(CNSNews.com) - President George W. Bush wasted no time Saturday moving to block late executive orders issued by his predecessor, Bill Clinton. The last series of those orders and rules by Clinton will not be printed in the federal register, effectively blocking their implementation.
Bush Chief of Staff Andrew Card issued a memorandum calling on heads and acting heads of executive branch departments and agencies to "send no proposed or final regulation to the Office of the Federal Register unless and until a department or agency head appointed by the president, after noon on January 20, 2001, reviews and approves the regulatory action."
The memorandum would make allowances for "emergency or other urgent situations relating to health and safety."
As for Clinton's executive orders not yet published in the federal register, Card's memo ordered federal agencies to "temporarily postpone the effective date of the regulations for 60 days."
The executive order review will be overseen by the Office of Management and Budget.
Card's memo concluded, "in the interest of sound regulatory practice and the avoidance of costly, burdensome or unnecessary regulation, independent agencies are encouraged to participate voluntarily in this review."
Insiders say the new administration is especially concerned about Clinton's executive orders dealing with environmental protections and Medicare guidelines.
Shortly after taking office in 1993, then President Clinton moved to block several orders that former President George H.W. Bush had implemented during the closing days of his administration.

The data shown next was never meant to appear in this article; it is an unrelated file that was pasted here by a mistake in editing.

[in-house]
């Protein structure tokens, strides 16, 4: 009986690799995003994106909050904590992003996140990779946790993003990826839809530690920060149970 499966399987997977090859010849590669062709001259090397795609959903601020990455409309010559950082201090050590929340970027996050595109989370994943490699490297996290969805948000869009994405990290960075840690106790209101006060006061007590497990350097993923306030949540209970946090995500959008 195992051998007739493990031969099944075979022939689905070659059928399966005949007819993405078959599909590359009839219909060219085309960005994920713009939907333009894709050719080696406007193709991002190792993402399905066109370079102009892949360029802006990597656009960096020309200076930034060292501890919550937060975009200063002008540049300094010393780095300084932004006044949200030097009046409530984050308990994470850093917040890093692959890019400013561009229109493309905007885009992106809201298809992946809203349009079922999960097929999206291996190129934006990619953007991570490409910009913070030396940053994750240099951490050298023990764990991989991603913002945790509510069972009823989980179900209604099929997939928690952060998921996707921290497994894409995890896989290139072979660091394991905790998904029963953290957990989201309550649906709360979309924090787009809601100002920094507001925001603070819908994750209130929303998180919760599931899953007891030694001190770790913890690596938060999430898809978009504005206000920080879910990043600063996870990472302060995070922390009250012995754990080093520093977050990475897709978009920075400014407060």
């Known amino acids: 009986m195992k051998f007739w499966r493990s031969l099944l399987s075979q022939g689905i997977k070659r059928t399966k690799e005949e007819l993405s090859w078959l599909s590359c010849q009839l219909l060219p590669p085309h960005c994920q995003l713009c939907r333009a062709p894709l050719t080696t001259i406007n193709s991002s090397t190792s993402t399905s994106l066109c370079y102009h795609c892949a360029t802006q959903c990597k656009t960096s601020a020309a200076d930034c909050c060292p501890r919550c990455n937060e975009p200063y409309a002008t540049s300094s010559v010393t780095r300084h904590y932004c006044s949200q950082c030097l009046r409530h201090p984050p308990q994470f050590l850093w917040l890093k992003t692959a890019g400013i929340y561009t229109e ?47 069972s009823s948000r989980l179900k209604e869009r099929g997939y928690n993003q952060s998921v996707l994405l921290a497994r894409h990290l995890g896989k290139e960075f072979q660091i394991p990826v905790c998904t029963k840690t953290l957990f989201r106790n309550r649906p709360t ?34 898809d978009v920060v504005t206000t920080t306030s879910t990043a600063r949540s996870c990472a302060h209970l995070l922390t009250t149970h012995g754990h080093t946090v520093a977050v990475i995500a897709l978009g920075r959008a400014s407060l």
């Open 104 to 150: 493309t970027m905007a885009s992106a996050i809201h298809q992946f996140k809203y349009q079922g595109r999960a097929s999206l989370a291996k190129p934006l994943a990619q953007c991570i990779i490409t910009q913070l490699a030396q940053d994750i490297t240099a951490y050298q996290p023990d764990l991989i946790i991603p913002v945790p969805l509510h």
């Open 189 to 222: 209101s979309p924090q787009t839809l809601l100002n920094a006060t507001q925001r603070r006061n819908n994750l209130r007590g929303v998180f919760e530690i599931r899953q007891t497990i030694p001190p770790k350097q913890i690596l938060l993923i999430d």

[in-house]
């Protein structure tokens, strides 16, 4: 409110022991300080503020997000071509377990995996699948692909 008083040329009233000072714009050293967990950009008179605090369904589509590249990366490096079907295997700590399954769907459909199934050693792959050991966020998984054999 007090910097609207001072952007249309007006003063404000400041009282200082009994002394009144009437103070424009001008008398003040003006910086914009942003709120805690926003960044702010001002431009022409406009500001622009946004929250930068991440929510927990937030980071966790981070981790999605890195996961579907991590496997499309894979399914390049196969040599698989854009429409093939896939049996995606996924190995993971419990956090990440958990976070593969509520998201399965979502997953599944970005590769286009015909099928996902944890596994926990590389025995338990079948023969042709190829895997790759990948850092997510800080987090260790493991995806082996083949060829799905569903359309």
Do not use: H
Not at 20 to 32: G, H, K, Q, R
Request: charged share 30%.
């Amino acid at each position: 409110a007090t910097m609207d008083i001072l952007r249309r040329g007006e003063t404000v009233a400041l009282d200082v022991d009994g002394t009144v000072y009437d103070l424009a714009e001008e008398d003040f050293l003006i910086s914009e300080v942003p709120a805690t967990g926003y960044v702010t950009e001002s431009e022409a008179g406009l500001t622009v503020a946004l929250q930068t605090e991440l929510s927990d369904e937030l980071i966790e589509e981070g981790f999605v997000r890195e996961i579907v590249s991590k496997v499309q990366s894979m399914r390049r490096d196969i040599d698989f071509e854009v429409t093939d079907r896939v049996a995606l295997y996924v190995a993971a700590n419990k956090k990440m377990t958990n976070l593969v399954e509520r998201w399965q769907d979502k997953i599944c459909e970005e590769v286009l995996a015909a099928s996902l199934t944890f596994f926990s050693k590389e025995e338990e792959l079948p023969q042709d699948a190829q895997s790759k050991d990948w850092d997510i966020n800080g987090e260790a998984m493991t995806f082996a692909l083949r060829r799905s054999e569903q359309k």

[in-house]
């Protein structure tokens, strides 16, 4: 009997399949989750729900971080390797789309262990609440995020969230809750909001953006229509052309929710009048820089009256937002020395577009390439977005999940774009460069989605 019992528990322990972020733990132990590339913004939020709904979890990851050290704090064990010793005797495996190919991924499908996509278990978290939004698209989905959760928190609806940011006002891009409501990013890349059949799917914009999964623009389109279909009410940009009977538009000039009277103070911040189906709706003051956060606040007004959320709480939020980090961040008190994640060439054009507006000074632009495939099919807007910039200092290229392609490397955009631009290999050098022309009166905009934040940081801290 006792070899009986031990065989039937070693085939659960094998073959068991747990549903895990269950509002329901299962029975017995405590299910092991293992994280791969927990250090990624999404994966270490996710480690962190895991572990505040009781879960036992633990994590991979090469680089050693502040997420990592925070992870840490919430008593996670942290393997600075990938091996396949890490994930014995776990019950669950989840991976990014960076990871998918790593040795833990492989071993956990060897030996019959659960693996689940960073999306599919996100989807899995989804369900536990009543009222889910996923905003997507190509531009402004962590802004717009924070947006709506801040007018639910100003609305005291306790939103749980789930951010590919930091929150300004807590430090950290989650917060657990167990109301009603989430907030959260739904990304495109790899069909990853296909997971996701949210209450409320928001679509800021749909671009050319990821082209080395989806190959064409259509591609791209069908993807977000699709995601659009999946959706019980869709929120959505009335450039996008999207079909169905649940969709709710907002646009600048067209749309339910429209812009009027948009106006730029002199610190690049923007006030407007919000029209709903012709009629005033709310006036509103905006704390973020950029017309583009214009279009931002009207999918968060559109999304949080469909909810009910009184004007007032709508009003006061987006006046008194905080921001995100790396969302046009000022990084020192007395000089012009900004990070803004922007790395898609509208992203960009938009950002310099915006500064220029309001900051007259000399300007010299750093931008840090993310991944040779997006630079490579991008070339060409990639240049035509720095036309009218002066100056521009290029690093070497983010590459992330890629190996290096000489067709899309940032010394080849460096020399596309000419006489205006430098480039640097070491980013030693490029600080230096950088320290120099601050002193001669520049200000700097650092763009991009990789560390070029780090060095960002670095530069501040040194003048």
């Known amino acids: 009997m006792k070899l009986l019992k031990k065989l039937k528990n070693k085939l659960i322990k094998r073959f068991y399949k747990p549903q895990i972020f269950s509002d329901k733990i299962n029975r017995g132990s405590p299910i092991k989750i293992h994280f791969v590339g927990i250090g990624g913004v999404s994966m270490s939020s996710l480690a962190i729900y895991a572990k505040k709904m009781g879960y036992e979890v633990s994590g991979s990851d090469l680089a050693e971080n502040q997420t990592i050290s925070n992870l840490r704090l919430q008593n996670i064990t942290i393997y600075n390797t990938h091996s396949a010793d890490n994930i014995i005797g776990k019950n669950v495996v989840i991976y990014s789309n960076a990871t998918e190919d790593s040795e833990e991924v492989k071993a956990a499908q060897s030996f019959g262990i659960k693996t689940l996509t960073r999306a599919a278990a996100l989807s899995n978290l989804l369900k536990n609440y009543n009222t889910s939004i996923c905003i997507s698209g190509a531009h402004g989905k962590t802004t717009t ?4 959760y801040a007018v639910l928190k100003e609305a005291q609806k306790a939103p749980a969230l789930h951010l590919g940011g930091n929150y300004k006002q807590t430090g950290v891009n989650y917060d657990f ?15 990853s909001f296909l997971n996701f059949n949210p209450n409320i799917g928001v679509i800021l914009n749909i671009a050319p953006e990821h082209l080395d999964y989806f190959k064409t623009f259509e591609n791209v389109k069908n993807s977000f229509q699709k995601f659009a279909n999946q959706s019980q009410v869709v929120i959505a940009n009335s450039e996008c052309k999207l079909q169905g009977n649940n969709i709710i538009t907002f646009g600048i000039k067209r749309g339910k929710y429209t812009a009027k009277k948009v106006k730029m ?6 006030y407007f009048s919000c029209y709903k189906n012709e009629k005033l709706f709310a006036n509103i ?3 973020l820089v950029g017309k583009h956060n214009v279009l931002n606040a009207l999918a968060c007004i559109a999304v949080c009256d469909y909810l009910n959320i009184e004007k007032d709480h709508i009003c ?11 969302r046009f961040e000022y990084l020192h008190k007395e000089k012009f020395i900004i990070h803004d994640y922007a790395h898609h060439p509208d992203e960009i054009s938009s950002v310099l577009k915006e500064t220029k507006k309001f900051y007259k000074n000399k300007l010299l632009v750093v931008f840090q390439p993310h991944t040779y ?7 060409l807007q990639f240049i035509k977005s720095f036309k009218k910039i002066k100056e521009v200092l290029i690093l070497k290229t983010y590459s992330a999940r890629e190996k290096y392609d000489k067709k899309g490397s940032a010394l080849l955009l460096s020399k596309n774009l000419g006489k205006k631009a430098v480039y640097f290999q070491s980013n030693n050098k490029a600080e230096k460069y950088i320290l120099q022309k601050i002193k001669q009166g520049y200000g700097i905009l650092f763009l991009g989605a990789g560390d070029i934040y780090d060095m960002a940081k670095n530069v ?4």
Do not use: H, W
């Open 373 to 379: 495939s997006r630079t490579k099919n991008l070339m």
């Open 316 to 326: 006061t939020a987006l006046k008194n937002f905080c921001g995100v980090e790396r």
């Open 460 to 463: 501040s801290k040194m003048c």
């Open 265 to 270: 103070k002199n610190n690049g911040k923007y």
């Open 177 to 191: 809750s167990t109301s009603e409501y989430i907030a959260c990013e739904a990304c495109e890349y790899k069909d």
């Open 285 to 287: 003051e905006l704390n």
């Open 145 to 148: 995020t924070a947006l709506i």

Bush also instituted a federal government hiring freeze in his first day on the job.
According to a memorandum issued by Card, "no decision relating to hiring shall be made unless and until such decision is reviewed and approved by a department or agency head appointed by the president. Every agency head will be instructed to develop a plan to permit the agency to meet the president's goal of reducing management ranks."
Bush also issued what are being called "Standards of Official Conduct," which call on executive branch employees to avoid "financial interests" that conflict with their jobs, and to refuse gifts from anyone seeking official action or business with the administration.
The first two standards say "Public Service is a public trust, requiring employees to place loyalty to the Constitution, the laws, and ethical principles above private gain. Employees should not hold financial interests that conflict with the conscientious performance of duty."
When Clinton took office, he declared he would have "the most ethical administration in history." And he forced his political appointees to promise that they would refrain from lobbying and trade activities for five years once they had left government service. However, in late December, only weeks before the end of his presidency, Clinton revoked the ethics order.